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Teaching From the Test

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Four-plus years into the NCLB era, some teachers are adopting a new attitude toward standardized tests: If you can't beat ’em, may as well use ’em. Educators in Bristol, Connecticut, for example, attribute the recent turnaround of two high-needs schools to a systematic approach of analyzing and acting on test-score results. For the past few years, teachers and administrators in the district have gathered in strategic teams to parse student-performance data and tailor instruction to address the trend lines. The process did not come naturally, however. “Education is not a culture of collaboration,” notes Bristol Superintendent Michael Wasta. “It’s a culture of isolation. ‘Give me my kids, close the door and let me do my thing.’” But there’ll probably be less door-closing now: The district’s method has been adopted as a statewide model.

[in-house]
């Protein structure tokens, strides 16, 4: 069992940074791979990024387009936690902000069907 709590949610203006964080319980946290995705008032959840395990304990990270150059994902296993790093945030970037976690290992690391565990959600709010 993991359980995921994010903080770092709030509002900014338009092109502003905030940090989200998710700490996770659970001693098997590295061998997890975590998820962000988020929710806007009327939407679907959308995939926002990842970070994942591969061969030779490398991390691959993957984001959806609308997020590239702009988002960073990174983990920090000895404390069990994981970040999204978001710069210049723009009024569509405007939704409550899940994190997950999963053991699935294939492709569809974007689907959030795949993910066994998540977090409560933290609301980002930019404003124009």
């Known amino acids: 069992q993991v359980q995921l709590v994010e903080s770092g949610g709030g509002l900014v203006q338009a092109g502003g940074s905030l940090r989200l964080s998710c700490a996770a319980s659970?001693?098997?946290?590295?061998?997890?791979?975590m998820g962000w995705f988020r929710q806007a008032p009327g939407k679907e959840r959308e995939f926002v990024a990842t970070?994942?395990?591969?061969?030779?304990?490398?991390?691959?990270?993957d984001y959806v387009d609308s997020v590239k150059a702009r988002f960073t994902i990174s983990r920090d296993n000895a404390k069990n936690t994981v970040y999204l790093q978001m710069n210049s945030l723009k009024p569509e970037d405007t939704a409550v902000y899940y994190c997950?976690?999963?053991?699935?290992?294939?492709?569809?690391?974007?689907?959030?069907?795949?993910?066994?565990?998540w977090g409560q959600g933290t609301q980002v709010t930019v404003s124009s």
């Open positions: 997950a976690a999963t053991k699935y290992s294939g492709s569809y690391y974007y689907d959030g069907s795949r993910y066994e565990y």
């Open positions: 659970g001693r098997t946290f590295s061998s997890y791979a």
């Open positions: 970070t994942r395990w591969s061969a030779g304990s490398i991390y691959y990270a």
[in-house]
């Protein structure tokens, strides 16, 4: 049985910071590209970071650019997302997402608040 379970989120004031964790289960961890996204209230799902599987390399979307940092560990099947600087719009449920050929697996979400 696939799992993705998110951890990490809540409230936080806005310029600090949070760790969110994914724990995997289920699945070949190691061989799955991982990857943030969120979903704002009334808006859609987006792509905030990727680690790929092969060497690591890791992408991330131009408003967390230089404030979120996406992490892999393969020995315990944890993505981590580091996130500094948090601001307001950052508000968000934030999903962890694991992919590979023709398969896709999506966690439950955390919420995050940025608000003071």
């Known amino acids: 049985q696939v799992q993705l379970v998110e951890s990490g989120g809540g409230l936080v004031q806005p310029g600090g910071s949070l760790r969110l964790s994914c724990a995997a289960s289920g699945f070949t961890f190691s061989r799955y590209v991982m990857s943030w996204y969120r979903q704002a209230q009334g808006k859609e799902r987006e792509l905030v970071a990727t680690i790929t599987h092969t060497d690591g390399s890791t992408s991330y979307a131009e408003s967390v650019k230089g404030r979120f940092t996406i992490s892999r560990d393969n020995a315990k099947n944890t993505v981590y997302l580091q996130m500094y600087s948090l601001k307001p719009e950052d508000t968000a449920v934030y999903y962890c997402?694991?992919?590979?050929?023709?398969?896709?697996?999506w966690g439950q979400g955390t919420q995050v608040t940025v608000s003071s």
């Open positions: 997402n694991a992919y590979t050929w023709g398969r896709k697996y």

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Testing has sort of worked backwards to give school systems the curricula they had but kept locked up until evaluation time. Then it was dutifully trotted out, briefly exercised, and locked up again.
It seems that at Bristol, sombody is waking up to the concpt that teaching is an art, and that the art that is demanded at present is effectively teaching to the standards that are being established.
Are we moving towards a national curriculum? Of course. Should we? Given the mobility of the population, it seems to fit the need.

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